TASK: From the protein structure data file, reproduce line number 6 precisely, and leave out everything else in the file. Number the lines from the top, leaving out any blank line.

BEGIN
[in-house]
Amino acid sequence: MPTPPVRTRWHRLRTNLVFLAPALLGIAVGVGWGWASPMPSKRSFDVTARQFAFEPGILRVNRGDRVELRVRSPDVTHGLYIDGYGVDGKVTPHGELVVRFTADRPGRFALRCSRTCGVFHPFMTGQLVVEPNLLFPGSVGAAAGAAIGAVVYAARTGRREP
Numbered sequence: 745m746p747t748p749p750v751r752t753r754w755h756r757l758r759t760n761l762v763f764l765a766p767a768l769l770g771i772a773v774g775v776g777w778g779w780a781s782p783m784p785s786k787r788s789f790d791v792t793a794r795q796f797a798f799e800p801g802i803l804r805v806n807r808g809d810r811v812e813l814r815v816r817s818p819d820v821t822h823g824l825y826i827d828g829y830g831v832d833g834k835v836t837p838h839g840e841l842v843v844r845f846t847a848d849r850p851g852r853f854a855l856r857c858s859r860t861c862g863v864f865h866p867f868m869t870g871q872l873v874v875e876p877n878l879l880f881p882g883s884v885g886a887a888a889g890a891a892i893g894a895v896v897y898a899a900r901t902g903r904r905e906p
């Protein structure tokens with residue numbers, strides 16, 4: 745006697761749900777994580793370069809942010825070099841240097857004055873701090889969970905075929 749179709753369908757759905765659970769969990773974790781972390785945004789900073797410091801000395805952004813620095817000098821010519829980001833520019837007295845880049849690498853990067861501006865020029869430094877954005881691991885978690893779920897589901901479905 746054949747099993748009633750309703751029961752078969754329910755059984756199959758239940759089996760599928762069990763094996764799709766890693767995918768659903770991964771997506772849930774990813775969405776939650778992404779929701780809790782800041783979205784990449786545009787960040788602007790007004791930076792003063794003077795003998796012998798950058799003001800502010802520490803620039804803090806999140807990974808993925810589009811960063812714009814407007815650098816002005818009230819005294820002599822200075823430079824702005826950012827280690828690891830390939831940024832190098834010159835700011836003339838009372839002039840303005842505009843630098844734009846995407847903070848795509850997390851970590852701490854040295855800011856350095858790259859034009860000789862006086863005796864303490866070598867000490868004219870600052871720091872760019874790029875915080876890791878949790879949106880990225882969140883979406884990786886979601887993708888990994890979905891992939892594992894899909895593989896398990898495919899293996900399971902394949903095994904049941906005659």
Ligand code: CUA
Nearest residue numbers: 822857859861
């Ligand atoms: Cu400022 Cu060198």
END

Nearest residue numbers: 822857859861